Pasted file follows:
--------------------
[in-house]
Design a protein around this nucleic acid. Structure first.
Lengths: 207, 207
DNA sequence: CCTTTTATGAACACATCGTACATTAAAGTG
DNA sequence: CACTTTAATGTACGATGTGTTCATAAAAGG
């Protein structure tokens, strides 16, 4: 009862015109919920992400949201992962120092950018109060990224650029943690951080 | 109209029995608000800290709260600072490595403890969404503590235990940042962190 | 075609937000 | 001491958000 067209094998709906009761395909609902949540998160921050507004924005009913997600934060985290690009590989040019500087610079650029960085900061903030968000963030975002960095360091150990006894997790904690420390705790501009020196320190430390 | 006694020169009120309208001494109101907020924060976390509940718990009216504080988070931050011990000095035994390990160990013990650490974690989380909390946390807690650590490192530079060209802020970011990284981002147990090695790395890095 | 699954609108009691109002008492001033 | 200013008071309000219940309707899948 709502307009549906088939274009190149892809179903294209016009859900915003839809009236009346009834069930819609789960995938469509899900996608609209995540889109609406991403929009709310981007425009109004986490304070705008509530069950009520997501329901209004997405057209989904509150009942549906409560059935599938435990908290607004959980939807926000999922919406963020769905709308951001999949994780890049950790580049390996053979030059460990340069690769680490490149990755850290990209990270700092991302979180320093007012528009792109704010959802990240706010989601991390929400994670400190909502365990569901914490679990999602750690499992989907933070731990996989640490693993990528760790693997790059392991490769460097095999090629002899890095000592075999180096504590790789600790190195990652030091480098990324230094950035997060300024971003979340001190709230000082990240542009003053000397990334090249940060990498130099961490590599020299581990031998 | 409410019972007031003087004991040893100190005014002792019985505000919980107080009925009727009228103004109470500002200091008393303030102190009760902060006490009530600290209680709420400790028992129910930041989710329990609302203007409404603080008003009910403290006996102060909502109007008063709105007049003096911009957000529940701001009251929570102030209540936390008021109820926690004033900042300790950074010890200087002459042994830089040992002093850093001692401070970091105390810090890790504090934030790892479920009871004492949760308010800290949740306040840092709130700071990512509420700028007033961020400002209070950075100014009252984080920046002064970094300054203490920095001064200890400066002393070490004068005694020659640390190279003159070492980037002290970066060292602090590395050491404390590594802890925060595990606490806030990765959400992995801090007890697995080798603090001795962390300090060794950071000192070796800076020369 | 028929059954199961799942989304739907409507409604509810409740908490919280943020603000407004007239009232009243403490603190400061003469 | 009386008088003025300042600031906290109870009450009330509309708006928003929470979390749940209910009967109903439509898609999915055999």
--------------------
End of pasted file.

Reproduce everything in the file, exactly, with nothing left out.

[in-house]
Design a protein around this nucleic acid. Structure first.
Lengths: 207, 207
DNA sequence: CCTTTTATGAACACATCGTACATTAAAGTG
DNA sequence: CACTTTAATGTACGATGTGTTCATAAAAGG
């Protein structure tokens, strides 16, 4: 009862015109919920992400949201992962120092950018109060990224650029943690951080 | 109209029995608000800290709260600072490595403890969404503590235990940042962190 | 075609937000 | 001491958000 067209094998709906009761395909609902949540998160921050507004924005009913997600934060985290690009590989040019500087610079650029960085900061903030968000963030975002960095360091150990006894997790904690420390705790501009020196320190430390 | 006694020169009120309208001494109101907020924060976390509940718990009216504080988070931050011990000095035994390990160990013990650490974690989380909390946390807690650590490192530079060209802020970011990284981002147990090695790395890095 | 699954609108009691109002008492001033 | 200013008071309000219940309707899948 709502307009549906088939274009190149892809179903294209016009859900915003839809009236009346009834069930819609789960995938469509899900996608609209995540889109609406991403929009709310981007425009109004986490304070705008509530069950009520997501329901209004997405057209989904509150009942549906409560059935599938435990908290607004959980939807926000999922919406963020769905709308951001999949994780890049950790580049390996053979030059460990340069690769680490490149990755850290990209990270700092991302979180320093007012528009792109704010959802990240706010989601991390929400994670400190909502365990569901914490679990999602750690499992989907933070731990996989640490693993990528760790693997790059392991490769460097095999090629002899890095000592075999180096504590790789600790190195990652030091480098990324230094950035997060300024971003979340001190709230000082990240542009003053000397990334090249940060990498130099961490590599020299581990031998 | 409410019972007031003087004991040893100190005014002792019985505000919980107080009925009727009228103004109470500002200091008393303030102190009760902060006490009530600290209680709420400790028992129910930041989710329990609302203007409404603080008003009910403290006996102060909502109007008063709105007049003096911009957000529940701001009251929570102030209540936390008021109820926690004033900042300790950074010890200087002459042994830089040992002093850093001692401070970091105390810090890790504090934030790892479920009871004492949760308010800290949740306040840092709130700071990512509420700028007033961020400002209070950075100014009252984080920046002064970094300054203490920095001064200890400066002393070490004068005694020659640390190279003159070492980037002290970066060292602090590395050491404390590594802890925060595990606490806030990765959400992995801090007890697995080798603090001795962390300090060794950071000192070796800076020369 | 028929059954199961799942989304739907409507409604509810409740908490919280943020603000407004007239009232009243403490603190400061003469 | 009386008088003025300042600031906290109870009450009330509309708006928003929470979390749940209910009967109903439509898609999915055999």